Our Story

Her Hardest Day

November 1st.


The day of relinquishment. As long as the birth mother hadn’t changed her mind, this was going to be a great day.


Once again, our car ride to the courthouse was quiet, proof of the nerves that consumed us. If she had changed her mind, it would delay the process significantly. Her rights would need to be terminated, and she’d likely appeal, drawing upon what little power she still had.


After all, technically, our daughter was hers. In an hour, it could be a different story.




In the courtroom, we anxiously waited as the workers prepared their documents and speeches for the judge. The judge came in. “All Rise.” We were getting so used to this.


Then, bodyguards escorting her through the side door, the birth mother came out.


Again, she was crying.


Our family’s future depended on what those tears meant. Please don’t have changed your mind.


After the judge’s introductory speech, he handed the floor over to the mother’s attorney. I think I stopped breathing, not wanting to miss a single word she would say.


“Your honor, in the recent weeks, my client has undergone relinquishment counseling.”


“And how did that go?” the judge interjected.


“Well, to be honest, your honor, my client feels that the process was disappointing. She claims that the person who administered the counseling did not know anything about her or the baby, and did not seem very empathetic or offer her any real counseling. She expected something different, your honor.”


I looked to the mother’s face as she nodded subtly, confirming to the judge that what her attorney was saying was true.


“Well, does your client feel like she’s been informed enough to continue on with this decision?”


Please say yes.


“She does, your honor.”


Ahhhh, I could breathe again.


“Very well, then. Shall we continue?”


“Please, your honor,” and the attorney sat down.


The judge asked the birth mother to stand up. Then he began his job to ensure that the mother understood what this decision would mean.


“Are you aware that by signing this document here today, you will forfeit all parental rights regarding (Sweet Pea). There is no going back and changing your mind next month, next week, or even in the next hour. Once you sign the paper, it is final. It cannot be undone.”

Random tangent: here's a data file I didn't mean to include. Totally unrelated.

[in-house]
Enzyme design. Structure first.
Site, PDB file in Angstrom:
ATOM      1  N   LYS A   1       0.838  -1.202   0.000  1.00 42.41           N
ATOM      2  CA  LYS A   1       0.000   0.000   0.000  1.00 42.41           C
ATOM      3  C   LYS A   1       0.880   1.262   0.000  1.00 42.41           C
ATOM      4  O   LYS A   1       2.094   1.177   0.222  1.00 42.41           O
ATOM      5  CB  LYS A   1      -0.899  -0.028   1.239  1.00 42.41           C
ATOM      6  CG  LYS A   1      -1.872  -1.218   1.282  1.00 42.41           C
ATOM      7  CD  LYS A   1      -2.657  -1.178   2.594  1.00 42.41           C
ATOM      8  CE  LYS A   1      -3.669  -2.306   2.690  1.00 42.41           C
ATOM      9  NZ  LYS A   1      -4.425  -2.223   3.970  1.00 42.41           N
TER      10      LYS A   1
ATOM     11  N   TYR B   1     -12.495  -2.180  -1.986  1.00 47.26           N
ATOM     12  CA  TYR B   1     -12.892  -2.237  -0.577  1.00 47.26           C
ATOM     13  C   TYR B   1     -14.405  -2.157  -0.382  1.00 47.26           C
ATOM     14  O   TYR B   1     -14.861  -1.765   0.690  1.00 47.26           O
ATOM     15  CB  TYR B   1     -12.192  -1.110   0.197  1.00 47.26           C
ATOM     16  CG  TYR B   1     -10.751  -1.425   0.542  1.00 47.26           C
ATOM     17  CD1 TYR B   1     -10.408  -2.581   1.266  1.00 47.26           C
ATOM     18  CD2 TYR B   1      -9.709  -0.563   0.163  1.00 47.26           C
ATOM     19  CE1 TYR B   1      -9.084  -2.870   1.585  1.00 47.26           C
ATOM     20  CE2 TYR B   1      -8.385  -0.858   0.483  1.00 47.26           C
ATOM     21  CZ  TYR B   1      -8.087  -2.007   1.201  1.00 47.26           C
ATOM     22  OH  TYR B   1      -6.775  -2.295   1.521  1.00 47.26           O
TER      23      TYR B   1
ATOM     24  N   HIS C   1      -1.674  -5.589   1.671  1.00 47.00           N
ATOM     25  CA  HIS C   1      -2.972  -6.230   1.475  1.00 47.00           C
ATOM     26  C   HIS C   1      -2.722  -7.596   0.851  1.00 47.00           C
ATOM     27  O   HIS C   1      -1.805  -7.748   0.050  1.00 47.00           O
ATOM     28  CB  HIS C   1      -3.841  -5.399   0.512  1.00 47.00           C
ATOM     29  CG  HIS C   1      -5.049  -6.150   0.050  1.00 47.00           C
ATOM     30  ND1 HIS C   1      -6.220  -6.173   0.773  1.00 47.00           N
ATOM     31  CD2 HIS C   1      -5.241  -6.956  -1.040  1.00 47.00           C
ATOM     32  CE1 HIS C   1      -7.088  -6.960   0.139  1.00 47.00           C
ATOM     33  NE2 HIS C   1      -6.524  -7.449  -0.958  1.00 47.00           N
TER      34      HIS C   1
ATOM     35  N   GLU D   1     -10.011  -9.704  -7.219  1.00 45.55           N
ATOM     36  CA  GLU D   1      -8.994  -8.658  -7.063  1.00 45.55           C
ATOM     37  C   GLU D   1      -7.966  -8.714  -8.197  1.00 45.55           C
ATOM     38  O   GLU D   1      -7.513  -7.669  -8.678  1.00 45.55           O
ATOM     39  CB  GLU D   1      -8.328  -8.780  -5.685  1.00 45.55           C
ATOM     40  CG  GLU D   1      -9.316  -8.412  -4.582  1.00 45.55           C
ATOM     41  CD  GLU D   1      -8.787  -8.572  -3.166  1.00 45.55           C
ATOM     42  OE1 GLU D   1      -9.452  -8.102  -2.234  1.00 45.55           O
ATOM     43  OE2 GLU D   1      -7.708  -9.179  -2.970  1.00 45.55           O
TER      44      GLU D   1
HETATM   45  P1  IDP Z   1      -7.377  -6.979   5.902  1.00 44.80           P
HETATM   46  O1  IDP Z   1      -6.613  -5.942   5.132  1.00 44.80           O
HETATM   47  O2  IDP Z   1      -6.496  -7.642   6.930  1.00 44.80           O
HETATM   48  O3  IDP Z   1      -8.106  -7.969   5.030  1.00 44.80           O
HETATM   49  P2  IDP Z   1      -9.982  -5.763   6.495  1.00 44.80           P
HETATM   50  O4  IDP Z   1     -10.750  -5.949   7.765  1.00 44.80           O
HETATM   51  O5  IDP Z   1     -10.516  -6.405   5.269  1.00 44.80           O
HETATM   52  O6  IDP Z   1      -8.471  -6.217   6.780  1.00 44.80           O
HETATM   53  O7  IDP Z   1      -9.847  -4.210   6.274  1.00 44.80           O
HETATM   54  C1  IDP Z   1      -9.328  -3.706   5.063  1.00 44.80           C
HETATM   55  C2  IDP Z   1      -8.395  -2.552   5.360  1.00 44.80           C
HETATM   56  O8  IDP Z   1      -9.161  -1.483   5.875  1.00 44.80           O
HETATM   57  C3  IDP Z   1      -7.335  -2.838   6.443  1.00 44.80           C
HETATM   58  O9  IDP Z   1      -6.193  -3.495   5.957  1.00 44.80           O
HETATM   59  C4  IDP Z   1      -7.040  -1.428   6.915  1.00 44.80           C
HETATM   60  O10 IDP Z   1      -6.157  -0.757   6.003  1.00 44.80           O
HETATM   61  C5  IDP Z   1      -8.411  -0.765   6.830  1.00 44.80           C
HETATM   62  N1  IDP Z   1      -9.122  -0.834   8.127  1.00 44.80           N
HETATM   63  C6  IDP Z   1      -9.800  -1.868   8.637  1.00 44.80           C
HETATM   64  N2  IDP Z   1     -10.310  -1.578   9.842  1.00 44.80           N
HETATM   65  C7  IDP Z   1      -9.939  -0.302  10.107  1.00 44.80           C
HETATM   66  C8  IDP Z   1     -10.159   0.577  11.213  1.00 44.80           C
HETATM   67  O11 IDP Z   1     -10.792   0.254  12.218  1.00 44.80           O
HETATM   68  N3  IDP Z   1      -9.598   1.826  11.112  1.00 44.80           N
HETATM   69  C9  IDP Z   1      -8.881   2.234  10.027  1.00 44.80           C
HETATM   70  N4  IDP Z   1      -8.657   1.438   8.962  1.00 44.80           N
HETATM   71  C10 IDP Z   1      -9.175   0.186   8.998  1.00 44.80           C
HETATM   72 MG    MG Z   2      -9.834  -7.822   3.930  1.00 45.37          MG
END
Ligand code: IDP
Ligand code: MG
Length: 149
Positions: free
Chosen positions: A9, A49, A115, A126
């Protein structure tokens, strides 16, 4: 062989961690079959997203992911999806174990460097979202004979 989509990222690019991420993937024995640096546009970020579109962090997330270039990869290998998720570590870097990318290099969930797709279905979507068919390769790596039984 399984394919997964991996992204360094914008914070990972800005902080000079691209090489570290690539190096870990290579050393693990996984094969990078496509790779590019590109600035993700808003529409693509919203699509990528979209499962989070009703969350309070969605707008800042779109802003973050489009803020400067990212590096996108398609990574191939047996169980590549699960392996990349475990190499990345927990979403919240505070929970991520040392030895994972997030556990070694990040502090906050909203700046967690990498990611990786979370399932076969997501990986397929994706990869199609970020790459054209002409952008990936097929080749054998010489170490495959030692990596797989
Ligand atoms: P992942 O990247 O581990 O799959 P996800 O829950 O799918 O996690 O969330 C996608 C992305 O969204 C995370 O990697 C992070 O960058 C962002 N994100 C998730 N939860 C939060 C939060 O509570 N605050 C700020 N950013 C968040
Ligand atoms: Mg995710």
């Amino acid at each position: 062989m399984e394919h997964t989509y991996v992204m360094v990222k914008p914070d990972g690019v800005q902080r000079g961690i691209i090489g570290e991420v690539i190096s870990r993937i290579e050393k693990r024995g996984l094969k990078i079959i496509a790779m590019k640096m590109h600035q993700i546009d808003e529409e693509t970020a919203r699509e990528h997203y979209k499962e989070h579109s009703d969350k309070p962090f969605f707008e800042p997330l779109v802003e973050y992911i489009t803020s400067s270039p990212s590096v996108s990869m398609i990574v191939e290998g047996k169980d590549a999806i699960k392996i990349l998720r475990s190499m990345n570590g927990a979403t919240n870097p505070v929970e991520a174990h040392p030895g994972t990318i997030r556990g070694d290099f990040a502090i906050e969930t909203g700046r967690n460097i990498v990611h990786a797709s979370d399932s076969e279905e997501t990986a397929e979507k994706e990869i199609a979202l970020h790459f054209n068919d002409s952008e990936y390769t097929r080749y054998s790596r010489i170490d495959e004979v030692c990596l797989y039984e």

“Yes. I understand, your honor.”


“By signing this document, do you understand that you will have no power in how (Sweet Pea) will be raised?


“Yes, your honor.”


“By signing this document, do you understand that you will have no say in (Sweet Pea’s) education, should the adoptive parents choose home school, public, or private?”


“Yes, your honor.”


“By signing this document, do you understand that you have no say in what religion, if any, this child may be raised by and become?”


“Yes, your honor.”


He continued on, listing about 20 ways that her rights would be forfeited. With all of them, she paused for a moment, allowing it all to sink in, then quickly agreed, “Yes, your honor.”


Until the last one.


The judge changed the rhythm of his questions, phrasing this one differently. He looked intently at the mother, speaking slowly to make sure she understood.


“You have said that you are relinquishing your rights so that (Sweet Pea) may be adopted by her current foster family. But are you aware, that by signing this document today, you forfeit all rights in regards to who adopts her? Should anything happen that prohibits this family from adopting her, you will have no say in where she ends up?”


She hesitated, and her face went a little white. She clearly hadn’t thought of that as a possibility. We surely didn’t want to think of it as one either. But we knew why the judge had to say that. Even though the odds were overwhelmingly in our favor now, things could still happen. A house fire. Cancer. Death. Unlikely events, obviously, but definitely ones that could change the course of them allowing us to keep her.


After what seemed like minutes, she answered.


“Yes, your honor.”


“Very well, then. Would the birth mother and her attorney please approach the podium at this time.”